I think this about the way I personally chose to go, trying distinctness in the way I go in an artistic manner is increasing my productivity. Glass is actually a material which offers very distinct effects and I have concentrated on these effects for a very long time. But when you go for three dimensionality in glass you have to plan for longer processes especially in forming with mold… This process is a comprehensive production journey including the model, the mold, firing and finishing. Apart from this the thing I do actually is; establishing an idea of an exhibition about the transparency and the light interaction of glass and in this sense, gathering the forms which can most efficiently present my expression together with these elements. I can easily say that I achieved such results that makes me glad too.

In the exhibition with “Purgatory” theme that you have opened in Eskisehir museums complex on the 20th of December 2022, three dimensional sculptures and figures in the gaps that are calling out in a manner, were dominant. What was the manifest of these new era works of yours? Could you tell us in detail about your works in the exhibition?

I find and reveal the theme of my exhibitions from what I live, in this sense, the theme of this exhibition was “Purgatory” which developed over a situation that I have been left within so much lately. In idiomatic sense, purgatory describes the situation of being left between two things and in religious texts means a place between heaven and hell. At a common point in both meanings, purgatory symbolizes; being in between two things where you reach or want to reach or not being able to choose and getting stuck between them. A very humane situation “being in purgatory” which each of us experience typically in our lives. This exhibition makes the cycle of dilemma of the individual visible, who is stuck behind flamboyant simulations. In other words, the purgatory between my reality and dreams is coming into existence on glass. The transparency in the forms is a structure that makes masses invisible and in this sense everything around us is a mass that we cannot see, identify but stuck within it and are figures who cry out and stand still in this emptiness of mass… From a different viewpoint, the story of those who are stuck in their own emptiness and their myth.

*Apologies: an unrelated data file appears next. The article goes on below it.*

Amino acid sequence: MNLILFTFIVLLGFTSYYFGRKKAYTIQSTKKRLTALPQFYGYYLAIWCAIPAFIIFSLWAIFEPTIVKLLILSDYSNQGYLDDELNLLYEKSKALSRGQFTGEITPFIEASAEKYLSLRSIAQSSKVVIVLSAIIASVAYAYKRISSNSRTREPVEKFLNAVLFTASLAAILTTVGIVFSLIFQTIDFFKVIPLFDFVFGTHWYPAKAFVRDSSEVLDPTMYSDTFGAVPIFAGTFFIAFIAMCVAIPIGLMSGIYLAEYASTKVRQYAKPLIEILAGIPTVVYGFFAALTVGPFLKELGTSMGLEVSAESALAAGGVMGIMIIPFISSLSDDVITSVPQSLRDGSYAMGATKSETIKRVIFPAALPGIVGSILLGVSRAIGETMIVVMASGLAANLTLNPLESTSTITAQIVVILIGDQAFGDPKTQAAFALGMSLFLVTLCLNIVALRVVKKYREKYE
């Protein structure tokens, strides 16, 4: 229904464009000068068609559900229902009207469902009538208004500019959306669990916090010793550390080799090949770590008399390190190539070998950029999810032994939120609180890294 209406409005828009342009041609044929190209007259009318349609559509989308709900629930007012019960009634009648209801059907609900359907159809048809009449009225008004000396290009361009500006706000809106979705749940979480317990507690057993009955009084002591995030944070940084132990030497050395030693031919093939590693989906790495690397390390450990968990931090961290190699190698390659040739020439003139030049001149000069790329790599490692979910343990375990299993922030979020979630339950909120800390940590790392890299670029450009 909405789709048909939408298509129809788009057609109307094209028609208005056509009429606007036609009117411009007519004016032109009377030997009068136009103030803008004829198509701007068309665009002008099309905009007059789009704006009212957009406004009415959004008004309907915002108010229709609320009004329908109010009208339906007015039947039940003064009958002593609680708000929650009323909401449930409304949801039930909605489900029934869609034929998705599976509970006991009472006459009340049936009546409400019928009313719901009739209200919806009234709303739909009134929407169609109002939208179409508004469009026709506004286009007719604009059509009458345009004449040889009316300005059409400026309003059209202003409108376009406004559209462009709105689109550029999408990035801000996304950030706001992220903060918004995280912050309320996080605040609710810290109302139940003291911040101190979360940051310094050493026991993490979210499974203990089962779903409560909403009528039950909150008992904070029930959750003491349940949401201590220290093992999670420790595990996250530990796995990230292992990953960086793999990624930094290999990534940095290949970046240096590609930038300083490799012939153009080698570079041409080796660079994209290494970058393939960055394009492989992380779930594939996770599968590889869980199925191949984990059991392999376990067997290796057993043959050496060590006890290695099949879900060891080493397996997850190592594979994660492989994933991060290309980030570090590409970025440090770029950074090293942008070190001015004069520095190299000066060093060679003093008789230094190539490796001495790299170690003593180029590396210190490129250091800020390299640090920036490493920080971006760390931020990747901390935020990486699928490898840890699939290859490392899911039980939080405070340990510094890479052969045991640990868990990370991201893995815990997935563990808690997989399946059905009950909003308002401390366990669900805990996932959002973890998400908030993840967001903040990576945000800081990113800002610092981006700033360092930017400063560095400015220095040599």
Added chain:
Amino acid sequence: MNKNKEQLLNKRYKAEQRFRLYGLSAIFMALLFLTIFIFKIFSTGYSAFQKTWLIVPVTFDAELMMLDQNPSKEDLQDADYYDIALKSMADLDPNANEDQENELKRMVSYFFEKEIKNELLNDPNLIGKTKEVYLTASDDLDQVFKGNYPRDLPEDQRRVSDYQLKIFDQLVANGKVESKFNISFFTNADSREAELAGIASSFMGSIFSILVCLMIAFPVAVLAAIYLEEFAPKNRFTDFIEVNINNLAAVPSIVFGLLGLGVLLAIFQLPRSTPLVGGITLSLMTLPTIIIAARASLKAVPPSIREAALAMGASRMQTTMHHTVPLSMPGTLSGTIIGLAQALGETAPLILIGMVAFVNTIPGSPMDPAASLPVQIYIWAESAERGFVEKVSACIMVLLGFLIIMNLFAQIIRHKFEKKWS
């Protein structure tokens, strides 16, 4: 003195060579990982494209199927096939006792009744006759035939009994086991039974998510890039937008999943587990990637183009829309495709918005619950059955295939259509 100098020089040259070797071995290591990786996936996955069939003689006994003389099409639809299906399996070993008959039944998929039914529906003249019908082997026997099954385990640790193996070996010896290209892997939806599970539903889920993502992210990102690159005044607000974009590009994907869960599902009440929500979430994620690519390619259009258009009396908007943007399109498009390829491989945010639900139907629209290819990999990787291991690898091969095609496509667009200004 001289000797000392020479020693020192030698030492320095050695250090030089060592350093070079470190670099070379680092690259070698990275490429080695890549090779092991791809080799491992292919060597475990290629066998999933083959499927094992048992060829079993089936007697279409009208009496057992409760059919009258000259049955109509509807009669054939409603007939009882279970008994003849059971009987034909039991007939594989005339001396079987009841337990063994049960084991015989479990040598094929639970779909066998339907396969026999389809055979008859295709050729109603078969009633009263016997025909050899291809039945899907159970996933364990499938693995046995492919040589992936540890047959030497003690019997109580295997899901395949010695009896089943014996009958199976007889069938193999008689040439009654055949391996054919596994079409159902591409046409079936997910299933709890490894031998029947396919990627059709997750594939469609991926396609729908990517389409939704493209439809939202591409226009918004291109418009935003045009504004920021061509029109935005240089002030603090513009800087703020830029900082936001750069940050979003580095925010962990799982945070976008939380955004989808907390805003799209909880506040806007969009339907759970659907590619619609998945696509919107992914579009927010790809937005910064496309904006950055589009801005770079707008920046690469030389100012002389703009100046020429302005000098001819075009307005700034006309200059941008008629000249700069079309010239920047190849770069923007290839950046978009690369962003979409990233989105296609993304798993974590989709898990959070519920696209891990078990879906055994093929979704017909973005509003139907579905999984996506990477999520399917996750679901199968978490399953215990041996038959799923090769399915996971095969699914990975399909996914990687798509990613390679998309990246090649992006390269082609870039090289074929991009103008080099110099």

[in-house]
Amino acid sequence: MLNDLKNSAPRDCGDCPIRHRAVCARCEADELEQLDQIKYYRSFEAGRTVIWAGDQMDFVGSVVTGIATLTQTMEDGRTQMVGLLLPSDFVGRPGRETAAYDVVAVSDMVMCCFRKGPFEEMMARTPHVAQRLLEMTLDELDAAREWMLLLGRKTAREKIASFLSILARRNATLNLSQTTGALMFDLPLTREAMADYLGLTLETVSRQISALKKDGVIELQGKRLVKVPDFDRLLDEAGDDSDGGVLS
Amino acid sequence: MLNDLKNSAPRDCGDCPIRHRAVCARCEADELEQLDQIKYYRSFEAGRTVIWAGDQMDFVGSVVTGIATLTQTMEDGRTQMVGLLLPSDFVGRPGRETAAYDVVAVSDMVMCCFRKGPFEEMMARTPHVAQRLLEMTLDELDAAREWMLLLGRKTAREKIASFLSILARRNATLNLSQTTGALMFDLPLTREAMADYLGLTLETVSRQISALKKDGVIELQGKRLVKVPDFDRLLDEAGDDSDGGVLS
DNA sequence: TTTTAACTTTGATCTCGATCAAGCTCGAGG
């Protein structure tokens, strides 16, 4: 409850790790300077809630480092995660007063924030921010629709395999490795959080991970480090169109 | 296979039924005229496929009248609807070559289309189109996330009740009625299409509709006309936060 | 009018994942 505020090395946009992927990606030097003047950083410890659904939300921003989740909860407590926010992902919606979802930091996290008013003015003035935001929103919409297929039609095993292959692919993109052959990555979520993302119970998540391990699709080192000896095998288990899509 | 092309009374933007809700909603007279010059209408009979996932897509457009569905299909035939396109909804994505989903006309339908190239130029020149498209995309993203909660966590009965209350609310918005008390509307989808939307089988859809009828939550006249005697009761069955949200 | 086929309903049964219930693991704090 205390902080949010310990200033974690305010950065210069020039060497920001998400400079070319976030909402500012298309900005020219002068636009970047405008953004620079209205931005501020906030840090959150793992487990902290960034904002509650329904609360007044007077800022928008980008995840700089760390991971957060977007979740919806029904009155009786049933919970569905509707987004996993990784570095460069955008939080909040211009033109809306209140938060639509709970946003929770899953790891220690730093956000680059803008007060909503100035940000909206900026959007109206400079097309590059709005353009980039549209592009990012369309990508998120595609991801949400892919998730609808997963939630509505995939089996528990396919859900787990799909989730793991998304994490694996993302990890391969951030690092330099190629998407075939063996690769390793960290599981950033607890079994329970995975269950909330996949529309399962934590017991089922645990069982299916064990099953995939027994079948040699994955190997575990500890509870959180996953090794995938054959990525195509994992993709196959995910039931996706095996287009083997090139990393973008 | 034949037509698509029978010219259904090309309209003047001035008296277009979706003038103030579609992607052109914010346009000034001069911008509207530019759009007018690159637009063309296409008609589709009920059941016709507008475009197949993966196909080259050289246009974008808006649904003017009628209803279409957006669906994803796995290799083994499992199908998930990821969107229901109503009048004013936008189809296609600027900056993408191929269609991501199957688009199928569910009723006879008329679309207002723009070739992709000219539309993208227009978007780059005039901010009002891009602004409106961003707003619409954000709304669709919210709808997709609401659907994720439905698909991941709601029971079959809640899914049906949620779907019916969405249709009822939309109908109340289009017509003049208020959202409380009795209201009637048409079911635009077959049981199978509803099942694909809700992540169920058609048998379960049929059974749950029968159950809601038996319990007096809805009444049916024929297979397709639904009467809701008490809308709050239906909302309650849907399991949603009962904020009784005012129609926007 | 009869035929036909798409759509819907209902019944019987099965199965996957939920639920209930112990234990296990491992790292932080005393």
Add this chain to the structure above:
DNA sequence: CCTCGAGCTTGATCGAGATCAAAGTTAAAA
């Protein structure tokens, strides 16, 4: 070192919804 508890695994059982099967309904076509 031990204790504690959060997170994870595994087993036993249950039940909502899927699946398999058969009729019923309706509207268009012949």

Glass is a time-taking and inconvenient field of art which requires a raft of technical knowledge and skills. Is there a special way you follow in creating the work you desire?

I see materials and techniques as important factors that enhances the impact of my way of artistic expression. But I also have to say that I have an approach which prioritizes the content and then I have my technical preferences that enrich this content with glass specific characteristics (transparency, optical effects, plasticity, fragility etc.). Experiencing new ways in the production process in these preferences are a situation that I got into almost in every process.

Would you like to bring forward your aesthetical concerns or a conceptual meaning in your works?

I want to say content rather than conceptuality for I haven’t a creation process which I associate only with conceptual meanings. Emotions, sensations and situations take me to the content while I’m producing my works. The concept revealing out of this is only a part of that whole. I care about an emotional space imposed on my audience by the works I produce. I can call it the spirit of the exhibition and it’s important to pass that to the audience.

You live in Eskisehir, how does the city you live in influence your artistic life?

There are elements that feed my artistic life but I can say they’re not enough. There are private attempts in plastic arts in recent years such as OMM and Eldem Art Area and they have important contributions but there needs to be more of them. Unfortunately, Istanbul still remains with no alternatives in this manner. I think the first thing to do priorily for this is; to devise projects that set the grounds to make investors and investments in art come to Eskisehir.

You’re right, I agree with you in this. We fully believe in our heart that your works will make an impact also abroad with an increasing momentum. God bless your hands and your heart Agatekin.